Open access peer-reviewed chapter

Chaos-based biometrics template protection and secure authentication

By Wang Xiaomin, Xu TaiHua and Zhang Wenfang

Submitted: November 4th 2010Reviewed: June 14th 2011Published: July 27th 2011

DOI: 10.5772/19599

Downloaded: 2721

1. Introduction

With the increasing development of global economy and information technology, more and more fields require reliable identity authentication. And with information age characterized by digitalization and recessiveness of identity, a key problem to be solved is how to identify a person’s identity accurately and ensure information security. In this regard, a variety of inherent human biometrics were gradually understood and studied, thus the development of biometric identification technology is considerable. The gradual yet profound application of biometric identification system today has improved security and creates much convenience to identity authentication. However, there are still some inherent problems that need to be solved. For instance, masquerade attack, difficulties to republish when the template is lost and a series of other potential threats. The existences of these threats have created a bottleneck, constraining further development of the biometric identification technology.

In this chapter, we will firstly give a review mainly on the theories and techniques of biometrics template protection, and then present a novel chaos-based biometrics template protection with secure authentication scheme. The proposed scheme is lightened by fuzzy extractor, yet includes two-layer error-correcting (one is BCH error-correcting code, the other is chaotic spread spectrum encryption) to achieve a good authentication performance of GAR=99.5% and FAR=0%. In addition, the functional features of proposed authentication scheme are: (1) do not need user to remember secret information such as password, or store them into physical media such as token or smart card; (2) no biometric template and any other secret information stored in server end; (3) the user’s biometric template is cancellable; (4) user’s registering information can be updated freely and easily. (5) with the help of user’s inaccurate biometric template, secret information (user maybe knows or unknowns) can be accurately recovered. These interesting features push forward the proposed scheme having potential application in biometric-based authentication/identification systems.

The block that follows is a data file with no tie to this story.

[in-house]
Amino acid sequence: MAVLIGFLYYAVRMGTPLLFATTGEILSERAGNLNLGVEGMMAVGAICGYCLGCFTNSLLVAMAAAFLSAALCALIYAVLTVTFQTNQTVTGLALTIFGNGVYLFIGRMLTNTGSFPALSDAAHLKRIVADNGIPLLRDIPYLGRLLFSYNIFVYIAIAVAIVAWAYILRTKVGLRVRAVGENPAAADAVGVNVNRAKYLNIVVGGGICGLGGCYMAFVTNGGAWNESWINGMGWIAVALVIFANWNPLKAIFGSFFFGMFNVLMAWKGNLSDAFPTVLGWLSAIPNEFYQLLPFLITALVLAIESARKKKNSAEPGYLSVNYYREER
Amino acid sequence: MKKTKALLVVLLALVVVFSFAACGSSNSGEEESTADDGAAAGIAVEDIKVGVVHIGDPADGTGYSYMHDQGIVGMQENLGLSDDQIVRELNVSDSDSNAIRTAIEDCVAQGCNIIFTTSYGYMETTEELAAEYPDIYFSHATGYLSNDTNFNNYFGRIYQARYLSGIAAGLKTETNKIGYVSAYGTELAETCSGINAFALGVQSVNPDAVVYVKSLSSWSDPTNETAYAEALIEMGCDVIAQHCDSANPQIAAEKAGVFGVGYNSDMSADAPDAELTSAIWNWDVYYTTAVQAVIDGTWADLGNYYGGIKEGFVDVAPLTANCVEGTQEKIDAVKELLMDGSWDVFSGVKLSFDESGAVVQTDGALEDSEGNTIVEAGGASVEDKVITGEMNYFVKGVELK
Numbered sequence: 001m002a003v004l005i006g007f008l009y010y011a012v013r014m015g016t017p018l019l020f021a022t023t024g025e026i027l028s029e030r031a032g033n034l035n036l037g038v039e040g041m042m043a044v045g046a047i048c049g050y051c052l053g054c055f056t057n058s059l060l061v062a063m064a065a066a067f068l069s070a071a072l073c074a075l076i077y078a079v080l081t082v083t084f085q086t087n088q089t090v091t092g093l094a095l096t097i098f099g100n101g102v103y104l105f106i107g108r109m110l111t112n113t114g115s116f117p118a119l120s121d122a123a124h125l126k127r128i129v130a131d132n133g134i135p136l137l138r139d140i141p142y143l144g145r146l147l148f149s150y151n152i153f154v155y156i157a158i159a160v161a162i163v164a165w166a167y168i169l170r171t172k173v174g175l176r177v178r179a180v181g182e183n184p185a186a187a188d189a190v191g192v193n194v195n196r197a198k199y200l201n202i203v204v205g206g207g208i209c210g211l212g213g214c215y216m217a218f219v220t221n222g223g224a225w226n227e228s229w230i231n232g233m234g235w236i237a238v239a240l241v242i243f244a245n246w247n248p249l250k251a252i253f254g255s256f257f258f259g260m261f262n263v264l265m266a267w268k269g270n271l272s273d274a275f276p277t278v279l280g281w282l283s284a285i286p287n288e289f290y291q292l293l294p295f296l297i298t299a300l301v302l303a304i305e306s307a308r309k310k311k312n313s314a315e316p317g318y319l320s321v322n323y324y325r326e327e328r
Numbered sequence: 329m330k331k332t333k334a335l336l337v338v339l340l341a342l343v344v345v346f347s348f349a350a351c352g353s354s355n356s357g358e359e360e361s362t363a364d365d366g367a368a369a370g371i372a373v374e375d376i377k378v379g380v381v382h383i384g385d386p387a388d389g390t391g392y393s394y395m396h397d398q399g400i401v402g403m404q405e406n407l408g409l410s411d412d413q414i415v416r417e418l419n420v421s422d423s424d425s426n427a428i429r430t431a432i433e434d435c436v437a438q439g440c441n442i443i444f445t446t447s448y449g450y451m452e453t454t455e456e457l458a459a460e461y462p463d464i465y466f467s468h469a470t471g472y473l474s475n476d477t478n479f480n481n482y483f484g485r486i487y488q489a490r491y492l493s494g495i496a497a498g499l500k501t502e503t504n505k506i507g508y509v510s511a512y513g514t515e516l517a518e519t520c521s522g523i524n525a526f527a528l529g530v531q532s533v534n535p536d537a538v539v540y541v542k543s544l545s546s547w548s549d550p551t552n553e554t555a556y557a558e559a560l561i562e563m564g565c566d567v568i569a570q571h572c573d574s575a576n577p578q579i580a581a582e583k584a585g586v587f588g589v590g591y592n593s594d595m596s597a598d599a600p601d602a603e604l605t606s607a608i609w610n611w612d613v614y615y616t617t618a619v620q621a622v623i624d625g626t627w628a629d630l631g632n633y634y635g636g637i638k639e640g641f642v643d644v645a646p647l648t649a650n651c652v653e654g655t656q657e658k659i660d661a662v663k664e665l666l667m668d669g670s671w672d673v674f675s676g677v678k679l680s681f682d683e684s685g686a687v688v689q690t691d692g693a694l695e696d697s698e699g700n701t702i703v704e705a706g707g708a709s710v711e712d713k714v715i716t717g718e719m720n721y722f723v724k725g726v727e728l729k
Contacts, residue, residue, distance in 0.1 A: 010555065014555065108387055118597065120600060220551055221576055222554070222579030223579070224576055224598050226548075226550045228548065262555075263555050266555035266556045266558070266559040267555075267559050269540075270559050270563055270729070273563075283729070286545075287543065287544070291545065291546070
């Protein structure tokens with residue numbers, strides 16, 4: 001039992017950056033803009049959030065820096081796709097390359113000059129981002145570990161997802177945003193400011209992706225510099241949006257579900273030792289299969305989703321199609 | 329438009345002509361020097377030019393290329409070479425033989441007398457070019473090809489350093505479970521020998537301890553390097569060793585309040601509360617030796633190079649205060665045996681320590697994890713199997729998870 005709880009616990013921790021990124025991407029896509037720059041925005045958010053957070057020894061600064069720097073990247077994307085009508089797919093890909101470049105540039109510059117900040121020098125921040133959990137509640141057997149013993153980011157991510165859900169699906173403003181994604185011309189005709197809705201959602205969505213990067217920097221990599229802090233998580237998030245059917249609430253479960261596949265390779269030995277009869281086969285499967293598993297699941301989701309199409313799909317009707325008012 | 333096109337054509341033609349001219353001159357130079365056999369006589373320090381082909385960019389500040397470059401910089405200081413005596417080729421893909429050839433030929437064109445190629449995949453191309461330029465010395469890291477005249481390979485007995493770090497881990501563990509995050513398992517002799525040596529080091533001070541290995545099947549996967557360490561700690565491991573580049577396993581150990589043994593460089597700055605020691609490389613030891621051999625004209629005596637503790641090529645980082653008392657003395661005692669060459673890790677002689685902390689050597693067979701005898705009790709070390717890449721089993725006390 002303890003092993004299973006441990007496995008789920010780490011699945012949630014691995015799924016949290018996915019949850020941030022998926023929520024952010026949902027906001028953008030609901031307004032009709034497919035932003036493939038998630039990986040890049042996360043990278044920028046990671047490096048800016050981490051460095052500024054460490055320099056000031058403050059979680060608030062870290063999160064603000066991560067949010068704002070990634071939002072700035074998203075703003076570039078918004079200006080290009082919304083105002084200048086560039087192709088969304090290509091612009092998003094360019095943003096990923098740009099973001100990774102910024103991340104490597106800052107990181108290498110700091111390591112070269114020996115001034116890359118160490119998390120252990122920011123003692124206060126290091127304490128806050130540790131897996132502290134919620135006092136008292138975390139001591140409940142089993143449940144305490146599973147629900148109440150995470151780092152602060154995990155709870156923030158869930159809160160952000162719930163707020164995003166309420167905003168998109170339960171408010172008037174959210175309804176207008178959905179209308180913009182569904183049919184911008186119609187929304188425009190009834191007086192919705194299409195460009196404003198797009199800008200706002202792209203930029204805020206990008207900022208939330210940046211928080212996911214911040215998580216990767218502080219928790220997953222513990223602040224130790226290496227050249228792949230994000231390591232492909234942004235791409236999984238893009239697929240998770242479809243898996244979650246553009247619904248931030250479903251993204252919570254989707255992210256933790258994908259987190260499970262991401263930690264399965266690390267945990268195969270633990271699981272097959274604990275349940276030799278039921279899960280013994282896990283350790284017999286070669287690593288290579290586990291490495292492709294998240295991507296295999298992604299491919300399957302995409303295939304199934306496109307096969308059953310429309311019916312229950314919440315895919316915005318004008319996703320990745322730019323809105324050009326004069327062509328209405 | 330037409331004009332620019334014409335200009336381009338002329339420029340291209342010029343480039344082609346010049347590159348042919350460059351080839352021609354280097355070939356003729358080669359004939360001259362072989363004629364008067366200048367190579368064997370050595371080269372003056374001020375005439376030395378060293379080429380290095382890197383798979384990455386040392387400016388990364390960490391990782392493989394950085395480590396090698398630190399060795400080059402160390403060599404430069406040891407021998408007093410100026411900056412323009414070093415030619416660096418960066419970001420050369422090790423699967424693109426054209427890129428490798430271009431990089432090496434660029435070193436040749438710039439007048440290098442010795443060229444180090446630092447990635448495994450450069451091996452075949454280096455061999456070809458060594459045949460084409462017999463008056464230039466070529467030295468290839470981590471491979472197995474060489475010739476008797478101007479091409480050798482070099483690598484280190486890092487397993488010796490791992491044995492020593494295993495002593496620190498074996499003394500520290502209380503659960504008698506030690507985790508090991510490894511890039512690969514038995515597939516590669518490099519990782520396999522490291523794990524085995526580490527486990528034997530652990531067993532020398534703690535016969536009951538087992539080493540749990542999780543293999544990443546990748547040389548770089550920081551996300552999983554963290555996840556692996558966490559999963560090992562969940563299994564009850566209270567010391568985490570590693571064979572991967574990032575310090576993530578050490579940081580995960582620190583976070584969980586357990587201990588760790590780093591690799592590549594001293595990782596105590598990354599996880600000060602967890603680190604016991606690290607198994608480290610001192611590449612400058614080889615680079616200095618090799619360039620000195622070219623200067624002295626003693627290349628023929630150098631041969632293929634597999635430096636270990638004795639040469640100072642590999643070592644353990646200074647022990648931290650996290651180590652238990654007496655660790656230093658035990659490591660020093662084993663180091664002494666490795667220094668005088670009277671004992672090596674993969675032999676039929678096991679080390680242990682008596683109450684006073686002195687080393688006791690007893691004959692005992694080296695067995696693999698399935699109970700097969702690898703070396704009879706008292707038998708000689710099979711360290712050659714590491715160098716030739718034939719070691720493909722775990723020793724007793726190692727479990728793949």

1.1. Biometric and biometric identification systems

Traditional identity authentication methods are based on what is physically possessed such as ID cards and what can be mentally stored in the memory such as passwords and keys. The shortfalls of both are for instance ID cards can easily be lost or forged while passwords and keys can either be easily guessed or forgotten respectively. Short passwords are often easy for memory but easily guessed by others. On the other hand, long passwords (commonly known as keys) although cannot be easily guessed are prone to memory problem. Key storage is therefore an issue and it is recommended that general long keys are stored in key cards and at the same time use short passwords to protect the Key Cards (Wang et al., 2006, Wang et al., 2007). Eventually, short passwords are still essential to identity authentication security.

Biometric (Tian, 2005) features inherited in person include two major categories which are person’s physical characteristics and behavioural characteristics. Physiological characteristics are fingerprints, face, iris, palm prints, and voice to name but a few. Behavioural characteristics include gait, signature, keystrokes etc. These characteristics have attracted a large number of scholars who conducted extensive and thorough research on them. In order to perform the identification, an automatic technology is adopted to measure these features, and have them compared with data from a database template. This infers that identification and biometric identification technology is the solution to the certification.